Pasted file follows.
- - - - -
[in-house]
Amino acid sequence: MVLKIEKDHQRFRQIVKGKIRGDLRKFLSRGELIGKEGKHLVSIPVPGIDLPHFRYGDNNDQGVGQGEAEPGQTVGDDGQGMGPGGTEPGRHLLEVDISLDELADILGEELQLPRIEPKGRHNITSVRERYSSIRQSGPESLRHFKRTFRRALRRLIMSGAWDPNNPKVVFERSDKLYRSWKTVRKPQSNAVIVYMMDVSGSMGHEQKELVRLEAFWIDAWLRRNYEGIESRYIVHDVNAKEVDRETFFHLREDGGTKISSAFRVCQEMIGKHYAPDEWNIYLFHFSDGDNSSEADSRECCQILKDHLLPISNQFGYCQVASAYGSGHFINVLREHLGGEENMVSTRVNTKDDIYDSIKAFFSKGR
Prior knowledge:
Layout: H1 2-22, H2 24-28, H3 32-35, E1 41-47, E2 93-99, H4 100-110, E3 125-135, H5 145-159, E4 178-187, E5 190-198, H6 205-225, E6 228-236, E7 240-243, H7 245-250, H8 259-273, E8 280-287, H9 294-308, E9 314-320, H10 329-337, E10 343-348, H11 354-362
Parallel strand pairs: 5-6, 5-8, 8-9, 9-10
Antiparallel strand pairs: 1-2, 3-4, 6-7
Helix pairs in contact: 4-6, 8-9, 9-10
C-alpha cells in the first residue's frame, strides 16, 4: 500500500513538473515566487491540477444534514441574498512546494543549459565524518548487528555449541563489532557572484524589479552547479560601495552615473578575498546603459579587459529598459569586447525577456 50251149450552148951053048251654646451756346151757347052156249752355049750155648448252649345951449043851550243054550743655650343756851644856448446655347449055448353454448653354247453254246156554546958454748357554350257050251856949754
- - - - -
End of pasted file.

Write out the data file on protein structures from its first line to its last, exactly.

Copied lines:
[in-house]
Amino acid sequence: MVLKIEKDHQRFRQIVKGKIRGDLRKFLSRGELIGKEGKHLVSIPVPGIDLPHFRYGDNNDQGVGQGEAEPGQTVGDDGQGMGPGGTEPGRHLLEVDISLDELADILGEELQLPRIEPKGRHNITSVRERYSSIRQSGPESLRHFKRTFRRALRRLIMSGAWDPNNPKVVFERSDKLYRSWKTVRKPQSNAVIVYMMDVSGSMGHEQKELVRLEAFWIDAWLRRNYEGIESRYIVHDVNAKEVDRETFFHLREDGGTKISSAFRVCQEMIGKHYAPDEWNIYLFHFSDGDNSSEADSRECCQILKDHLLPISNQFGYCQVASAYGSGHFINVLREHLGGEENMVSTRVNTKDDIYDSIKAFFSKGR
Prior knowledge:
Layout: H1 2-22, H2 24-28, H3 32-35, E1 41-47, E2 93-99, H4 100-110, E3 125-135, H5 145-159, E4 178-187, E5 190-198, H6 205-225, E6 228-236, E7 240-243, H7 245-250, H8 259-273, E8 280-287, H9 294-308, E9 314-320, H10 329-337, E10 343-348, H11 354-362
Parallel strand pairs: 5-6, 5-8, 8-9, 9-10
Antiparallel strand pairs: 1-2, 3-4, 6-7
Helix pairs in contact: 4-6, 8-9, 9-10
C-alpha cells in the first residue's frame, strides 16, 4: 500500500513538473515566487491540477444534514441574498512546494543549459565524518548487528555449541563489532557572484524589479552547479560601495552615473578575498546603459579587459529598459569586447525577456 50251149450552148951053048251654646451756346151757347052156249752355049750155648448252649345951449043851550243054550743655650343756851644856448446655347449055448353454448653354247453254246156554546958454748357554350257050251856949754